Upgrading a RAID 1 Configuration

I have an old Hewlett-Packard HP Netserver E60 running Windows 2000. The system has 512MB of RAM, an HP NetRAID-3Si controller, and two 9GB hard disks in a RAID 1 configuration. One of the disks died recently. Rather than get a refurbished drive from HP, I want to use this opportunity to increase disk space on my machine. How can I upgrade my RAID 1 configuration to two 18GB disks without losing my data?

To find an answer to your question, I set up a Win2K Server machine running an array with a NetRAID-3Si controller and two old HP 4GB hard disks. I tested my options for upgrading to two new Seagate Technology 18GB disks. You should be able to follow the same steps to upgrade your configuration.

I began by upgrading my NetRAID-3Si firmware. (At the time of my test, the latest revision was C.02.03, dated May 14, 2001. I downloaded the firmware from http://www.hp.com/cposupport/servers/software/fwnr3si_us.exe.html.)

Next, I attached the two new 18GB disks. I set the two HP disks' IDs to 0 and 1 and set the new Seagate disks' IDs to 2 and 3. I then configured the two new disks as a RAID 1 volume. In essence, I created the same configuration for the new RAID 1 volume as I had for the old RAID volume. Thus, I had two RAID 1 volumes attached to the NetRAID-3Si.

Then, I needed to decide how to copy the data from the first volume to the second volume. I could back up the old volume to tape, install Win2K on the new volume, and do a restore, but that process would take longer than I'd like. I decided to try a software-replication utility and opted to use Symantec Ghost. I was concerned that Ghost would see the individual disks rather than the RAID volumes, but Ghost saw both RAID volumes and handled the transfer without a problem. (Ghost simply detected the information that the RAID controller firmware provided—another reason to install the most recent firmware before you begin the process. If Ghost had seen only the individual disks, I would have tried to configure a new RAID 1 volume and let the controller synchronize the drives.)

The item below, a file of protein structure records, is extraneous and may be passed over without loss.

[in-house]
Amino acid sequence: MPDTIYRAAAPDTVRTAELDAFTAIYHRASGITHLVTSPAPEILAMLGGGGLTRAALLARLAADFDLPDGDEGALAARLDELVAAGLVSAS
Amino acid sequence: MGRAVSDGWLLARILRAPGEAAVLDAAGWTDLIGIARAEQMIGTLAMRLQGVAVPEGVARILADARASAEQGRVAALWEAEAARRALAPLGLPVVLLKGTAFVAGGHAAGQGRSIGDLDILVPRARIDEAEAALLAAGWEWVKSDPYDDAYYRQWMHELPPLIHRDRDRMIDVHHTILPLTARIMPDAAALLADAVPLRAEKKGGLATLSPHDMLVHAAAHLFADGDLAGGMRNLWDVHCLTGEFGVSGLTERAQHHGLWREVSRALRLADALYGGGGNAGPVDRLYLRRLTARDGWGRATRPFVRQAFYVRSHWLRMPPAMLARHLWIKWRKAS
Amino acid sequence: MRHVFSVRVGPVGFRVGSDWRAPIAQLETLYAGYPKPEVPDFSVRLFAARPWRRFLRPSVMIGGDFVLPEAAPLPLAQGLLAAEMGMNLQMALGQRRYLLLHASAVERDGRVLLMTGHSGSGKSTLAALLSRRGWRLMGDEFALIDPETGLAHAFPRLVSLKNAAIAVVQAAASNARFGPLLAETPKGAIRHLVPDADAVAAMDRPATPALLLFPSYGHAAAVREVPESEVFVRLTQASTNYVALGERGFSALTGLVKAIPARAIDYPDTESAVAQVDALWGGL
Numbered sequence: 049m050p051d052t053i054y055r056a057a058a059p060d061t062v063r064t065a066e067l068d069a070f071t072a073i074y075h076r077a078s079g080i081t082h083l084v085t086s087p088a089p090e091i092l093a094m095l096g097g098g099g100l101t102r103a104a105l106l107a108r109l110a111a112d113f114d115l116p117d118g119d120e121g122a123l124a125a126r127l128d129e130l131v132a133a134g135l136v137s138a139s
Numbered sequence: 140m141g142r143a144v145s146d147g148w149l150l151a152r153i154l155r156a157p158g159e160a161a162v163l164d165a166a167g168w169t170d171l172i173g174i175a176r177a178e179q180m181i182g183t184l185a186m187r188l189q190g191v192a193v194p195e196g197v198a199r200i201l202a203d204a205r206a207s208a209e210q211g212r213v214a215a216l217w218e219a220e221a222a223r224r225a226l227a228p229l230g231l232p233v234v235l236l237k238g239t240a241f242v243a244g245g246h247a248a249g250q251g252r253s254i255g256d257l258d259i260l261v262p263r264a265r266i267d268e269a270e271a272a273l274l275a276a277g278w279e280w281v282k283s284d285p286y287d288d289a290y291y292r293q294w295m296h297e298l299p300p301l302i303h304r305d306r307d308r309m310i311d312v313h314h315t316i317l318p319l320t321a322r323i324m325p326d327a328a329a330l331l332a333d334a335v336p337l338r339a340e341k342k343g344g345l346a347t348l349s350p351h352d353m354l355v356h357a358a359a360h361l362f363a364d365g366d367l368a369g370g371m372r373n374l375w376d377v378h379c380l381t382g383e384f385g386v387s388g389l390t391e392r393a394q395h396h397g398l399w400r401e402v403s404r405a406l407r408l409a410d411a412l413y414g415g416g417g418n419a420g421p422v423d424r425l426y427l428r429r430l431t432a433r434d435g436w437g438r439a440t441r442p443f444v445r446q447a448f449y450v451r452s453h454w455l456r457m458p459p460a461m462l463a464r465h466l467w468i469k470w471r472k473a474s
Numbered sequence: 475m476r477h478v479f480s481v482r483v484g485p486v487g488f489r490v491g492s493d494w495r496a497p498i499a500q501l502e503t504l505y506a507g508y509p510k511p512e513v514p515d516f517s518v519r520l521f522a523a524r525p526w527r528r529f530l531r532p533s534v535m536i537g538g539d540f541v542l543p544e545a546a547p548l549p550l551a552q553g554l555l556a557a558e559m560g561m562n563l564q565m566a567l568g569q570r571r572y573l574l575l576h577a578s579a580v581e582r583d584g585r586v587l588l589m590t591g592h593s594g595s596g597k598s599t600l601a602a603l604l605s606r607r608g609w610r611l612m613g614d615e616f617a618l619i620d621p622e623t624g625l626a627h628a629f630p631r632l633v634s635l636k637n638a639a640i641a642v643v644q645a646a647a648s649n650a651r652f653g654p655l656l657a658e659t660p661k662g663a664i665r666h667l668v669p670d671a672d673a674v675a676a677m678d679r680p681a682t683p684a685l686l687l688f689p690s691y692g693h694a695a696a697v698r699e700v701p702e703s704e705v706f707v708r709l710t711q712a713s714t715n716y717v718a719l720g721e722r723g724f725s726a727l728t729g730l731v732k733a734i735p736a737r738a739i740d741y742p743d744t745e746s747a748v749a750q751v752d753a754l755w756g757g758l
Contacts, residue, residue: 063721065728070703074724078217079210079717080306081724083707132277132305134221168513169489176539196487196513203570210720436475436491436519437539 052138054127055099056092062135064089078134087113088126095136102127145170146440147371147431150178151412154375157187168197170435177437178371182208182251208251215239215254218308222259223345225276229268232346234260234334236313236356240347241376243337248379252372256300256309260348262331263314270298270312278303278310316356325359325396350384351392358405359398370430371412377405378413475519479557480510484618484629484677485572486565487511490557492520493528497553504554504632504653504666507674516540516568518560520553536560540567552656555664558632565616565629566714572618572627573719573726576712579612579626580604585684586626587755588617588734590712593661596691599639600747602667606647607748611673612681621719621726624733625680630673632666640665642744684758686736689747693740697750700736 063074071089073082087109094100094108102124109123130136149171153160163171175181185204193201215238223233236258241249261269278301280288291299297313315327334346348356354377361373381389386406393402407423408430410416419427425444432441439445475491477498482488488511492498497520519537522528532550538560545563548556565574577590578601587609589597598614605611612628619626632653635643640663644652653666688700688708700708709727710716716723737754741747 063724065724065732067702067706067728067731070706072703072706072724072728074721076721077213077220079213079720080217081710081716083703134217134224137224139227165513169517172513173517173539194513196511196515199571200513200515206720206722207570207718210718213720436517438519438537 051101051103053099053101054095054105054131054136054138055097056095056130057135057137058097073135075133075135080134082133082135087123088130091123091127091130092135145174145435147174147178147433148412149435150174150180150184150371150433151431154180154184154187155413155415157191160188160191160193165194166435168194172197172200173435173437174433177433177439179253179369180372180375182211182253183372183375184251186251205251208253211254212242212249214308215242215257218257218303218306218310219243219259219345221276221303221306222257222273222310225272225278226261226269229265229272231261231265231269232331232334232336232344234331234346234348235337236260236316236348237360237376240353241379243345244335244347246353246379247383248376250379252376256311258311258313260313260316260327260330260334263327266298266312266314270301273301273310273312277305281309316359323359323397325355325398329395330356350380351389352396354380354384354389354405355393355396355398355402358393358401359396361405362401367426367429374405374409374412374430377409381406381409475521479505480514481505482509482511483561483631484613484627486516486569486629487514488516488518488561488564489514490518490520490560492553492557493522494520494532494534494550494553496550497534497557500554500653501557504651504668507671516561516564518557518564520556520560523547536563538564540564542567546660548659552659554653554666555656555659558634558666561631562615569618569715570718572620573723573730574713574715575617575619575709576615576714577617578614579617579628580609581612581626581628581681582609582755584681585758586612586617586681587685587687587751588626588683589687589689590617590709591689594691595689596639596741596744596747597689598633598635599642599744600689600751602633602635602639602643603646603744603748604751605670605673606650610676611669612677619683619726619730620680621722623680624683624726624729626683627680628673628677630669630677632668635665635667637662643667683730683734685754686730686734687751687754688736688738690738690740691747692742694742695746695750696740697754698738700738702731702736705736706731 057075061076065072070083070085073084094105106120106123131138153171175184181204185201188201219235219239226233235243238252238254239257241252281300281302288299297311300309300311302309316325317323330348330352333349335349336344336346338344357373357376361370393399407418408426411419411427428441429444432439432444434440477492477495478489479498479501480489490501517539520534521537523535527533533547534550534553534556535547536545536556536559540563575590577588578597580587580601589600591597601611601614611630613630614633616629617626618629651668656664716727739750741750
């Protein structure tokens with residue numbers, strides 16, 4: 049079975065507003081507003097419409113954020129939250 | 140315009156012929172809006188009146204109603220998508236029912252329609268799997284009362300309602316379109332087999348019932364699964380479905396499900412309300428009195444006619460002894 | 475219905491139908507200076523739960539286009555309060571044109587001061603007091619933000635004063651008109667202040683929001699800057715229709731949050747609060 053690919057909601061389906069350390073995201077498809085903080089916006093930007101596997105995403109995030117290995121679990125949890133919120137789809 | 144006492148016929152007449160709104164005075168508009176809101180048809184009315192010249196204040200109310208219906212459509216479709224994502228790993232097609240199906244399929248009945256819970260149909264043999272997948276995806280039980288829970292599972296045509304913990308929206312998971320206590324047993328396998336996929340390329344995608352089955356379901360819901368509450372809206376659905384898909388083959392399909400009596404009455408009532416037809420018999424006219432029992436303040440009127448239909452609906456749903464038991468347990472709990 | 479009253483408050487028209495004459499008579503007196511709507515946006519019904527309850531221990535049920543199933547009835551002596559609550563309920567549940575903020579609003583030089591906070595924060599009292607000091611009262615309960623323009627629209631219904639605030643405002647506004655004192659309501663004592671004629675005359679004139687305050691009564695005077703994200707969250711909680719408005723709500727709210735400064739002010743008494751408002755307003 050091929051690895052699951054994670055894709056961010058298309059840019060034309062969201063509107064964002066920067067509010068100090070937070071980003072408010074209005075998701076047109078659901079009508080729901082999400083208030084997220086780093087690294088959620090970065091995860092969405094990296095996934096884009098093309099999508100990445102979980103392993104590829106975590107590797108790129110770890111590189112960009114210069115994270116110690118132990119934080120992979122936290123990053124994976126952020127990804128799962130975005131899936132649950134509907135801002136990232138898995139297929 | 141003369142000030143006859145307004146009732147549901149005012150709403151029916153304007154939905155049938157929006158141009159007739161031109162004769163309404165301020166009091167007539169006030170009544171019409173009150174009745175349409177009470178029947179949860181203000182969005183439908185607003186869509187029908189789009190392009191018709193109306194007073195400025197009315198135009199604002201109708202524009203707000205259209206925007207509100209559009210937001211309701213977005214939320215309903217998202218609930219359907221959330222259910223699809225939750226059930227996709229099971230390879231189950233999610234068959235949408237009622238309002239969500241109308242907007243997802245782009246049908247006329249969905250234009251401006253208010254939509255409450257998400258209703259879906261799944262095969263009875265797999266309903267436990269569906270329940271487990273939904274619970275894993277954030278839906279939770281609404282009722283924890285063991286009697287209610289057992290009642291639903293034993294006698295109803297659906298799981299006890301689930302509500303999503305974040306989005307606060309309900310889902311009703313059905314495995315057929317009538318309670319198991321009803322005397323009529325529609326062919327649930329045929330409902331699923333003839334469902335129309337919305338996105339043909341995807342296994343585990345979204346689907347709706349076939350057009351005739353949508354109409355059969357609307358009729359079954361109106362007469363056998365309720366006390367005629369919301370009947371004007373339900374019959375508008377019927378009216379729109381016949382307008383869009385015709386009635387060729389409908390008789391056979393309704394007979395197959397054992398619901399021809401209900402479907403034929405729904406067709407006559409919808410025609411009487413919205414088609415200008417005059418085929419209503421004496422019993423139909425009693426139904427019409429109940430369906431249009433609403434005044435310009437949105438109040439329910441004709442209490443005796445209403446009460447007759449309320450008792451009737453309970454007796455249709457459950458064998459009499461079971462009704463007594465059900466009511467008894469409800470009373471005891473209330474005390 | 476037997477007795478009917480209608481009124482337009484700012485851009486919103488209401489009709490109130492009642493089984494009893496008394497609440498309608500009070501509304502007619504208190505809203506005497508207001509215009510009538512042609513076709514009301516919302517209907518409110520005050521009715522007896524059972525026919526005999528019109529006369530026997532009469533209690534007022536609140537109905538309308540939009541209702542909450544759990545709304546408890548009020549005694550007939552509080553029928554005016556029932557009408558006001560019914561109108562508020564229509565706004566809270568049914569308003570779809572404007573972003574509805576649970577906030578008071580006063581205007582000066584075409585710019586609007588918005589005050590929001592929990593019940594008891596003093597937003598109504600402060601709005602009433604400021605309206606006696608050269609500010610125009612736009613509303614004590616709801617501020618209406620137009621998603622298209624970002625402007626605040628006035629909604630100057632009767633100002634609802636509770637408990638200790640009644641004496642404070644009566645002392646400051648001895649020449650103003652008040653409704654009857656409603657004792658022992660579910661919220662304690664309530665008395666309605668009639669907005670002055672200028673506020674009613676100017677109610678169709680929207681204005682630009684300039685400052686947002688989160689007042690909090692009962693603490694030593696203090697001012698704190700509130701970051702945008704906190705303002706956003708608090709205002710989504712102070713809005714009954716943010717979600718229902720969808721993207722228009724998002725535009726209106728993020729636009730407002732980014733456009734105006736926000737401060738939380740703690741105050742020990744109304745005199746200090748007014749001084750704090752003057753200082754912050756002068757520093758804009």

I now had two identical RAID 1 volumes, the only difference being capacity. Next came the task of booting from the second volume, which proved trickier than I had anticipated. To my dismay, the NetRAID-3Si firmware didn't appear to provide an option to simply remove a RAID volume, so I tried several different methods before I found a successful approach. First, I deleted the first RAID volume in hopes that the system would automatically boot from the second volume. No such luck: The controller reported an error on the first RAID volume, and Win2K wouldn't boot. Next, I removed both RAID 1 volumes, cleared the controller configuration, and attached only the second volume (the idea was that the controller would read the signature on the new volume and set it to volume 1). I struck out again: The controller detected the new volume, but the signature included the volume order and the configuration for the previous volume.

Finally, I found the solution. I chose the controller firmware's option to delete the existing configuration, then I created a new RAID 1 volume that used the two 18GB disks. These steps overwrote the previous volume signature but not the disks' data (had I chosen the firmware option to reinitialize the new volume, I would have lost all the data on that volume). When I restarted the system, it booted from the volume containing the two 18GB disks.

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